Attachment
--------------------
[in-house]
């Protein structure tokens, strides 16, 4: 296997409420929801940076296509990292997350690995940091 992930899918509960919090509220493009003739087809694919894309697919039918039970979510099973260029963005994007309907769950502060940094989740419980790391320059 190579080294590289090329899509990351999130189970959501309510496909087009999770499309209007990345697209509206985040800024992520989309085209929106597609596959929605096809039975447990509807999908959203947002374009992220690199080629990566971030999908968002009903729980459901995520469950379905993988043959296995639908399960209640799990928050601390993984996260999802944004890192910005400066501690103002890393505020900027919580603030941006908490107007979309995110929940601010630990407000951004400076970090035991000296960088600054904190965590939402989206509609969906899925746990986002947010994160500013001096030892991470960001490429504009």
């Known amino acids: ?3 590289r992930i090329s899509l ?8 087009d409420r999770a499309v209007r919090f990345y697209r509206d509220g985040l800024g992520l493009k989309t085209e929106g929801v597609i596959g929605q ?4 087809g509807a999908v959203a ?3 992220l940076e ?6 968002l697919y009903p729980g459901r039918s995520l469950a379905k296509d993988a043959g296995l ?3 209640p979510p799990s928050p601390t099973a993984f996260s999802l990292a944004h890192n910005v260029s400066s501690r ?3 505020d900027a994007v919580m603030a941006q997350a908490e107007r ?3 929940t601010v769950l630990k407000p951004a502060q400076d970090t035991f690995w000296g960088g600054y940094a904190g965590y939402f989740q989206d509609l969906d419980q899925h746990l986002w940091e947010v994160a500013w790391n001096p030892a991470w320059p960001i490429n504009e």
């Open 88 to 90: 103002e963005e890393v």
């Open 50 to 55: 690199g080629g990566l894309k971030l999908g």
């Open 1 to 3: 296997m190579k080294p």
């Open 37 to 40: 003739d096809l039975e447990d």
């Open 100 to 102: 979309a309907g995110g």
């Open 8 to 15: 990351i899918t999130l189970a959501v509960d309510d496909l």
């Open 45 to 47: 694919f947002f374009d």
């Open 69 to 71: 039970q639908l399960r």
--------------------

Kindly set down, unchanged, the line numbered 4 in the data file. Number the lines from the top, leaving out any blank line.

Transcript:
């Open 88 to 90: 103002e963005e890393v």